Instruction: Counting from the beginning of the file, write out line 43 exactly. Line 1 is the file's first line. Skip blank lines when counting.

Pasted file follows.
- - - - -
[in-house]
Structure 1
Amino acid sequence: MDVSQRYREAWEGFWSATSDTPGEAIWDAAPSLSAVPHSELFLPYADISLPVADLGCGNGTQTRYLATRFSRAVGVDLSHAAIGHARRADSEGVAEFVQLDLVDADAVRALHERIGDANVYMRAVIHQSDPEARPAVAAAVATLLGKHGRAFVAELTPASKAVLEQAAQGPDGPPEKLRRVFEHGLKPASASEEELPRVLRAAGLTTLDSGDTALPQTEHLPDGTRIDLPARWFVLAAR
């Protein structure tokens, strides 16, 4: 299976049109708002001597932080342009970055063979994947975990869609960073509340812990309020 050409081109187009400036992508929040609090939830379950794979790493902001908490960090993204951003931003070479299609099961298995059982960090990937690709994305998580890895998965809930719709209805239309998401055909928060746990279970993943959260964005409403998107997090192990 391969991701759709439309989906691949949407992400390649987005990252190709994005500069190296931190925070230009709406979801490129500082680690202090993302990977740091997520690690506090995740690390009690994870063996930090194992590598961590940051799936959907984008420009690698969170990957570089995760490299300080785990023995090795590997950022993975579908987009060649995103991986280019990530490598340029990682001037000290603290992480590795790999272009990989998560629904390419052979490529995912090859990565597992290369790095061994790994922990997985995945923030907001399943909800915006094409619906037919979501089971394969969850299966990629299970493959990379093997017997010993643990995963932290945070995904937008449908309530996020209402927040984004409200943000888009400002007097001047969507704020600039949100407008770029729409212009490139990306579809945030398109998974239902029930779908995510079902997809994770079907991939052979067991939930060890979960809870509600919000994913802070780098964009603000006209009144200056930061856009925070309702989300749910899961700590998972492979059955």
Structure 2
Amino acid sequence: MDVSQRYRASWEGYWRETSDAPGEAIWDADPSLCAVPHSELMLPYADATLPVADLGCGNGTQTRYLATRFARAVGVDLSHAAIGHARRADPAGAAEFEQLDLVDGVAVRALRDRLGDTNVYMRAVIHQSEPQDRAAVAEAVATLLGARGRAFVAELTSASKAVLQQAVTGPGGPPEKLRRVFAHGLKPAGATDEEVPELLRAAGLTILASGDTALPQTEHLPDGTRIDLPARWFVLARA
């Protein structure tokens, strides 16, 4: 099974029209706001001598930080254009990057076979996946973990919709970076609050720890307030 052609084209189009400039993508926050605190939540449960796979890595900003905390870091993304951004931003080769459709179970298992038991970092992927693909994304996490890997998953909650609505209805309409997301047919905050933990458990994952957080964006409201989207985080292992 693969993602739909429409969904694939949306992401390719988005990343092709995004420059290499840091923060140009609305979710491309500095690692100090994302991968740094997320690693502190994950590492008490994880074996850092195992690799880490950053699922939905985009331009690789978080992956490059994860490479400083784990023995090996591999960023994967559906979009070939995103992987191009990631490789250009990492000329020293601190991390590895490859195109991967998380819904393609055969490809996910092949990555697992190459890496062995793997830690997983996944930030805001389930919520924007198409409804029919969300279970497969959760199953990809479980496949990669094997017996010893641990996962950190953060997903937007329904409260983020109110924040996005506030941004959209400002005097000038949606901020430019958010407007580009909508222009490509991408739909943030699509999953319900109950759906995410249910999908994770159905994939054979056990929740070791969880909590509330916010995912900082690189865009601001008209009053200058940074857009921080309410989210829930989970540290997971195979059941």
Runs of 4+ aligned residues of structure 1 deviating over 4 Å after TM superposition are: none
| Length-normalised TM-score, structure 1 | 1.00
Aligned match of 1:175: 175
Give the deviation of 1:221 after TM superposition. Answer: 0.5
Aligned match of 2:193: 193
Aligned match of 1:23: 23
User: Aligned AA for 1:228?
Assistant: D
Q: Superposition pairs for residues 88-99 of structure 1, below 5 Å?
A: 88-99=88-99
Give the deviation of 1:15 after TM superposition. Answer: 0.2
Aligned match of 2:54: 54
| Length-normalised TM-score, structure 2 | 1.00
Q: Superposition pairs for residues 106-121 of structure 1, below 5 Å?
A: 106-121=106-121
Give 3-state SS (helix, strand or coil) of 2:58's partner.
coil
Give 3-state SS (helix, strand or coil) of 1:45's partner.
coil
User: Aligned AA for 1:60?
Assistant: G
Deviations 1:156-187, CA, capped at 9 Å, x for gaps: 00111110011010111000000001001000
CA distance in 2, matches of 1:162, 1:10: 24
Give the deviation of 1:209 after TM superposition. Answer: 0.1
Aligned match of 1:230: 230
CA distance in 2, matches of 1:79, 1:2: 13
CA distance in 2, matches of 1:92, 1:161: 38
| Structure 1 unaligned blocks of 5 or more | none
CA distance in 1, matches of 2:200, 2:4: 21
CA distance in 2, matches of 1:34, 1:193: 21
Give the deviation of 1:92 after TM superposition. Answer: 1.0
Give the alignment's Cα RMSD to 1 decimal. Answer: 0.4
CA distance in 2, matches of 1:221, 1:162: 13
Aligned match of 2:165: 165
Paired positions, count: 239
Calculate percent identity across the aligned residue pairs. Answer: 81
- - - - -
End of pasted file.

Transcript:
Calculate percent identity across the aligned residue pairs. Answer: 81